Why should Canadians consider studying at JCU Medical School in Australia?
There are many reasons that encourage people to study medicine. Among the most popular include the desire to help others. Sometimes that wish goes beyond the standard “I want to make a difference in my community” to “I want to make a difference in the world.”
So what makes JCU stand out from other Australian universities? And how on earth can we compare Australia’s and Canada’s health care needs?
James Cook University may not be the largest university, or the most well-known, but JCU has something the others don’t: their riveted focus on Aboriginal health, rural medicine, public health, tropical medicine and the needs of under-served populations.
James Cook University Deputy Vice Chancellor Tropical Health and Medicine Professor Ian Wronski explains why JCU concentrates on rural, remote and tropical health care.
“JCU was established as Australia’s university for the tropics, and so we focus on programs that are particularly relevant to the tropical world,” Prof Wronski says.
“In the medicine, health, molecular science part of the university—that includes all the health professions and molecular biology and biomedicine, and the research institutes we have—we’ve particularly targeted issues relating to under-served populations, especially rural, remote, indigenous and tropical peoples.”
Tropical peoples? How can that relate to Canada you ask? When speaking about Canada, most people think frigid winters, not tropics.
But the connection between Australia and Canada is stronger than you may think.
In fact, in 2013, JCU Medical School Dean and Head of School Richard Murray travelled to Canada as a member of an Australian government delegation at a Canadian-Australian roundtable on recognition of professional credentials between the two countries.
Dean Murray made a case for why Canada and Australia should collaborate our shared interest in health care innovation to meet the needs of our geographically dispersed populations. Prof Murray said that the opportunities this creates for Australian and Canadian practitioners to gain experience in each other’s countries could only benefit the quality and depth of rural medical services.
“In medicine for rural areas, there are opportunities for movement and exchange for students, doctors in training as well as specialists in rural general practice and other generalist specialties. Innovation in areas such as telemedicine and socially accountable health professional education are shared interests,” Prof Murray wrote in an article he published in the JCU Medical School’s journal, A Taste of our own Medicine.
Prof Wronski said there are many countries in a similar position to Australia, including Canada. Like Australia, our population is concentrated on the fringes of the country, where the climate is most ideal and the land most usable. But where people live in rural and Northern Canada, away from the general population, finding health care can be more challenging—just like the people in remote and tropical locations of Australia.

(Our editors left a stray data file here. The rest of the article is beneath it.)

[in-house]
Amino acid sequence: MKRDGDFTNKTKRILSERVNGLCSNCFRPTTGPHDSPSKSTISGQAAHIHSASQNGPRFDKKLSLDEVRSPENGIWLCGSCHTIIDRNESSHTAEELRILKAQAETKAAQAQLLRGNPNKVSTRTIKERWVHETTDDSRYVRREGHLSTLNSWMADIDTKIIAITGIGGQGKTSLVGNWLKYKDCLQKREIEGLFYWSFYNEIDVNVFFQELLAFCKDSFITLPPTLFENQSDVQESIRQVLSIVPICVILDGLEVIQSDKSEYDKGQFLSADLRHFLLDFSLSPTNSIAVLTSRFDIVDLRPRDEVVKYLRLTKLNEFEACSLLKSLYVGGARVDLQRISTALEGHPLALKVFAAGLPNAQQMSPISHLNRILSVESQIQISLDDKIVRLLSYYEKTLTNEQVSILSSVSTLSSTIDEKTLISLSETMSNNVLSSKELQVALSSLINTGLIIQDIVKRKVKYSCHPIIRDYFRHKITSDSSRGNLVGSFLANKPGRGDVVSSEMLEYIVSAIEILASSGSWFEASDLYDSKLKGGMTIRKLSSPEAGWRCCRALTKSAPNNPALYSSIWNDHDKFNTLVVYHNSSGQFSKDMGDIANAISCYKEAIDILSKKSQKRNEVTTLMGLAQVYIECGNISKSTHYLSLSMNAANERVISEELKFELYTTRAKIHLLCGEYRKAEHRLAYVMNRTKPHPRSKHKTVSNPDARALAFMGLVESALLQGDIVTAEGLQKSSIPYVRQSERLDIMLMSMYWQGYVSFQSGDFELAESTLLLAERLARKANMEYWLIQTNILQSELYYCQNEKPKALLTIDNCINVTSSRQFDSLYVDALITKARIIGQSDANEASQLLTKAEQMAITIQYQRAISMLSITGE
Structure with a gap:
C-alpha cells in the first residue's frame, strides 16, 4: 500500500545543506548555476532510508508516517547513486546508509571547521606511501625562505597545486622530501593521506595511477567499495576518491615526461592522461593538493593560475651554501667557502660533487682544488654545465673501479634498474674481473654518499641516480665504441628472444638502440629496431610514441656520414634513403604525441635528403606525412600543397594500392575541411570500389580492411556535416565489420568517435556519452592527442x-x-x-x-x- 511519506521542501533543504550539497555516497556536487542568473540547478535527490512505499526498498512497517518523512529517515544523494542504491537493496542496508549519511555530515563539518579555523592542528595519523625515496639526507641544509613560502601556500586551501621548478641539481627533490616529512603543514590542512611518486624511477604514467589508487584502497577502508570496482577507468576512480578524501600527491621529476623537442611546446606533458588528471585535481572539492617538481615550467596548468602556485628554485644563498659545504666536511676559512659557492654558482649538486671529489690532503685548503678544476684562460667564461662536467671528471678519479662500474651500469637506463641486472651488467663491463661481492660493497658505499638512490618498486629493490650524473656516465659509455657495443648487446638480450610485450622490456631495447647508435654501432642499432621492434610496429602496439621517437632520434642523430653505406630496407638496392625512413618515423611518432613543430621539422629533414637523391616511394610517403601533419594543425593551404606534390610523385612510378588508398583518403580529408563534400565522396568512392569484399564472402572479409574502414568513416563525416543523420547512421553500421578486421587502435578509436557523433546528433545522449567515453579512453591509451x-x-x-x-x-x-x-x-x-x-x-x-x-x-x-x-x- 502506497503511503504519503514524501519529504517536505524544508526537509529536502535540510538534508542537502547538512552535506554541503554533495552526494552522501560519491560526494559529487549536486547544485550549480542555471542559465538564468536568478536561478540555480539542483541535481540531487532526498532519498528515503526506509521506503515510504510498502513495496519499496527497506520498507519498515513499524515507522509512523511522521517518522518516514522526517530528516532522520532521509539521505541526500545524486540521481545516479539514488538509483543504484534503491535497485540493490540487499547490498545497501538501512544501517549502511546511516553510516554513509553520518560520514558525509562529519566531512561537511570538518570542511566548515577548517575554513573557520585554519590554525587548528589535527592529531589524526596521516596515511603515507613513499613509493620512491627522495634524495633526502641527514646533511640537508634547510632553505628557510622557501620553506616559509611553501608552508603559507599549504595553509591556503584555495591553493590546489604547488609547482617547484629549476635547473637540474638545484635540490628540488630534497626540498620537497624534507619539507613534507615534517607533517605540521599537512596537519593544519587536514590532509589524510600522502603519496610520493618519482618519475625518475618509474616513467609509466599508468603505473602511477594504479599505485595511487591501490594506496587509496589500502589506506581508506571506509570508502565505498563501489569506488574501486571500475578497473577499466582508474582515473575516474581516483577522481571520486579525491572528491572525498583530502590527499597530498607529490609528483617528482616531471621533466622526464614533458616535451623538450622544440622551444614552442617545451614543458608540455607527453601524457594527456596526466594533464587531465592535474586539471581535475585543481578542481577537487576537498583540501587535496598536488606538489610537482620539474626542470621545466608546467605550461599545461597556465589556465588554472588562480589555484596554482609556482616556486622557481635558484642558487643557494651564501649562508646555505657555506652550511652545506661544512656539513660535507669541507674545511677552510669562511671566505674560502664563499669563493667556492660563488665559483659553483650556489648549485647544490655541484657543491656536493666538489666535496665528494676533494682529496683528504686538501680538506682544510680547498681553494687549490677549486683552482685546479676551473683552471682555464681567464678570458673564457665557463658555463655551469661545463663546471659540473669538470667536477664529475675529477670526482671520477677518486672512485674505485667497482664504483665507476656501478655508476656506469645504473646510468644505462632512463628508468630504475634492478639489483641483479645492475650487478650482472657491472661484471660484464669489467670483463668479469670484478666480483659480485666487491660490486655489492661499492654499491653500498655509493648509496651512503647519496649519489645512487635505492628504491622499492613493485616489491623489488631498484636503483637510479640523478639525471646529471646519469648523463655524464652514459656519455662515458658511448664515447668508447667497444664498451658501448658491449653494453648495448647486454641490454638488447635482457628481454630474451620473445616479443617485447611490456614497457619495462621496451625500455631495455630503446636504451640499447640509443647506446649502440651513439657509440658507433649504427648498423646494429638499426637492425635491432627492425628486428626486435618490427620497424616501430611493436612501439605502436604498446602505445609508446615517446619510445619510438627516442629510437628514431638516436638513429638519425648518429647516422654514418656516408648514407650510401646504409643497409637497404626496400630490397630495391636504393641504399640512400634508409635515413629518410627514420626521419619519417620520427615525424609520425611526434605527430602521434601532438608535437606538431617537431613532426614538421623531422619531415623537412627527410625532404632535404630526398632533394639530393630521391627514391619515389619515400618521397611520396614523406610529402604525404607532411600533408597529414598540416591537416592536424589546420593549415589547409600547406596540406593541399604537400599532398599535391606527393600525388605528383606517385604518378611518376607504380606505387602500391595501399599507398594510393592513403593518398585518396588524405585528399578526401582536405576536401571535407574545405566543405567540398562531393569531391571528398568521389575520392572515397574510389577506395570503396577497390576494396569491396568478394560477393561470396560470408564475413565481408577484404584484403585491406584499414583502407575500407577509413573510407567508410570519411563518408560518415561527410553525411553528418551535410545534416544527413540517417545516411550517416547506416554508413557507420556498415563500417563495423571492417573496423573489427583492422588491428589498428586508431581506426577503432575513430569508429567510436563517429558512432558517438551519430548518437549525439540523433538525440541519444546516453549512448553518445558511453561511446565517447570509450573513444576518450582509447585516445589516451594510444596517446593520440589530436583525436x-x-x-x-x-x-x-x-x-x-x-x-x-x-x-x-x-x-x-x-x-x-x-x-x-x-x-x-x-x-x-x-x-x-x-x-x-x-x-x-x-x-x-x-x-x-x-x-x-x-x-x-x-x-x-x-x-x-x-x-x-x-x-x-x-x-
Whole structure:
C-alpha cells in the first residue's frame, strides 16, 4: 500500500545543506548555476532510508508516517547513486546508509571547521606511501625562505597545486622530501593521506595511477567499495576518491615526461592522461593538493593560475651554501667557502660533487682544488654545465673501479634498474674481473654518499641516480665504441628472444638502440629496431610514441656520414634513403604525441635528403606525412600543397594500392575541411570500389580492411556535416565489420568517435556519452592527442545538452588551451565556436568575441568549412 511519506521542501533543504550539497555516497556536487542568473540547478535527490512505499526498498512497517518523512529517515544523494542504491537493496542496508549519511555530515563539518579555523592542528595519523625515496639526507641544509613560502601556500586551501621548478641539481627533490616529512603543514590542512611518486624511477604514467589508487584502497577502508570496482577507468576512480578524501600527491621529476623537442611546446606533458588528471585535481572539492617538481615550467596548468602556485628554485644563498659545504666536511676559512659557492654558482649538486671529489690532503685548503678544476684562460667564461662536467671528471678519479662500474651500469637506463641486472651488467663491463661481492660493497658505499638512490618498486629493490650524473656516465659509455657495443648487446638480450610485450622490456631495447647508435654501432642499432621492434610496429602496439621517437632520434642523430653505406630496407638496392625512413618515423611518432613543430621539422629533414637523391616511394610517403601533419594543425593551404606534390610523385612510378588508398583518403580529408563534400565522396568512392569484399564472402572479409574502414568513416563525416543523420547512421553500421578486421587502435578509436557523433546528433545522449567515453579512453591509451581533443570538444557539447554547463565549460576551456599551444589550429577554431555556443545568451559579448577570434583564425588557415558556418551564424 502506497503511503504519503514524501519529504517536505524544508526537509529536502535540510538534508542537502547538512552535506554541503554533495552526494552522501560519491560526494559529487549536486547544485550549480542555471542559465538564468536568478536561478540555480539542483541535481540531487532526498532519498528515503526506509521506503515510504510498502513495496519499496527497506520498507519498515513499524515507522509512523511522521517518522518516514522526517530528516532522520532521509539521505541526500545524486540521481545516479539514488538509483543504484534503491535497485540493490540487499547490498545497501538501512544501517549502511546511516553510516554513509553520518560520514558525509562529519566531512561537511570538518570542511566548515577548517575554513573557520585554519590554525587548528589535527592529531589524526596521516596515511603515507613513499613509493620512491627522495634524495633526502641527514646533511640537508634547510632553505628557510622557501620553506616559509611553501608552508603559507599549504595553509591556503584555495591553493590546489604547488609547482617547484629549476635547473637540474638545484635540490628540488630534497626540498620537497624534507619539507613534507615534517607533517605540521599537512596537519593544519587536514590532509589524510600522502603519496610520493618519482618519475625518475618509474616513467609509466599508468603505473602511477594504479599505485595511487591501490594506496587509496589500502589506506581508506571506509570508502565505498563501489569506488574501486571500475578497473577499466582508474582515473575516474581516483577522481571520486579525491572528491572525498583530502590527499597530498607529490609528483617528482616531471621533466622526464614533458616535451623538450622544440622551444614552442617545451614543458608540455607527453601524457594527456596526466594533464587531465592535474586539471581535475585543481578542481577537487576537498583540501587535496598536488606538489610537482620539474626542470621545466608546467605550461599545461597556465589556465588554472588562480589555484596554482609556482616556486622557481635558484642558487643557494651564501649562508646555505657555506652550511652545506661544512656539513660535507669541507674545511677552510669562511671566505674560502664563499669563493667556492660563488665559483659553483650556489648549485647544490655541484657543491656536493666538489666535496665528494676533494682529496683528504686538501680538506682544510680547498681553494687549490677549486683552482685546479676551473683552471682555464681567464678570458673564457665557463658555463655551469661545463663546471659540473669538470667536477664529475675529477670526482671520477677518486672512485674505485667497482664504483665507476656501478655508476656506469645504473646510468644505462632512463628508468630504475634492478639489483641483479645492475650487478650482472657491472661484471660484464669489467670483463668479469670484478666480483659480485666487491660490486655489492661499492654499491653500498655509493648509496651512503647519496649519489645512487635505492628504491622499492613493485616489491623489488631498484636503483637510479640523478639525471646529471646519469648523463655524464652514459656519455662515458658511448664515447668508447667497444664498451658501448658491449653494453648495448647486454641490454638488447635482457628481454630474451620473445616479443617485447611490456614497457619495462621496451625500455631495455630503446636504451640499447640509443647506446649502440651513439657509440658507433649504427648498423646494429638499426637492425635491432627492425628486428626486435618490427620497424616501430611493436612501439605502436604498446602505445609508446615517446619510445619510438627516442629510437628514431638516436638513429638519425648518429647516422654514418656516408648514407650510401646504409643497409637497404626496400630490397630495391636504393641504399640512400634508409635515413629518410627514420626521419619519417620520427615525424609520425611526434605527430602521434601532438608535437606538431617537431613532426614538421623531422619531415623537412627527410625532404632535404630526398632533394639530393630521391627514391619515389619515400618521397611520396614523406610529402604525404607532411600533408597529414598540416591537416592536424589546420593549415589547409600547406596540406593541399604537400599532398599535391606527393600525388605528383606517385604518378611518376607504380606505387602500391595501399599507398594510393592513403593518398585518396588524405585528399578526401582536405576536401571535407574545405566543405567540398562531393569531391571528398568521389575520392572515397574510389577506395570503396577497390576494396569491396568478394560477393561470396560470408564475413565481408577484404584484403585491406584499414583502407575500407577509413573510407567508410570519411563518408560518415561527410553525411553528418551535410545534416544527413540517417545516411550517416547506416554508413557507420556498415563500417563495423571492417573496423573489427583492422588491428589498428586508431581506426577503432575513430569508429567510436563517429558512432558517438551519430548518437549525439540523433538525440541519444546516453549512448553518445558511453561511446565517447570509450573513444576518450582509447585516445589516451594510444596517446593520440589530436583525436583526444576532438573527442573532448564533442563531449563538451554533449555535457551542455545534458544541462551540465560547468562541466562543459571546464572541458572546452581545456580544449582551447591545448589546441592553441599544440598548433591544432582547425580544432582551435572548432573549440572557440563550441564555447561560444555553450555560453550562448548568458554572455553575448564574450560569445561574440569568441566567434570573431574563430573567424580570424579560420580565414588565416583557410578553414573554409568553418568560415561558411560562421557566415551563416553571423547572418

So what kind of student does James Cook University wish to attract?
When asked why JCU likes Canadian students, Professor Wronski narrowed it down: “Canada has a good education system, and students come to us well educated and broad-minded. Also, many of them have that fire in their belly to put something toward the health services side of making life better for under-served populations. Canada, like Australia, has large areas, large rural and indigenous populations,” the JCU professor explains.
“We like Canadian students because we see ourselves as a global hub, and we want to attract students who are interested the tropical world and the health of under-served peoples.”
Does this sound like you? If you’re passionate about changing the world, particularly the lives of those who live in rural or remote areas, JCU wants to talk to you!
About the JCU Medical School Medical Program
The 6-year, full-time MBBS degree is a comprehensive program with integrated instruction in biomedical sciences, professional practice and clinical medicine. Graduates will be uniquely qualified in the fields of rural, remote and Indigenous health, and tropical medicine.
As part of the MBBS application process, all candidates must participate in an interview with Prof Ian Wronksi. For the 2018 intake, JCU will hold interviews with eligible international applicants from Canada either
- in person in Canada this June, or
- via video-conferencing following the August 30th program application deadline.
In-person interviews in Canada (dates are subject to change)
June 22 – 23, 2017: Toronto
June 24, 2017: Edmonton
June 25 – 26, 2017: Vancouver
Program: Bachelor of Medicine Bachelor of Surgery
Location: Townsville, Queensland
Semester intake: February
Duration: 6 years
Application deadline: August 30, 2017 (Note: Early offers of admission may be made to high-achieving international applicants! Candidates are encouraged to apply as early as possible and well before the August 30 deadline.)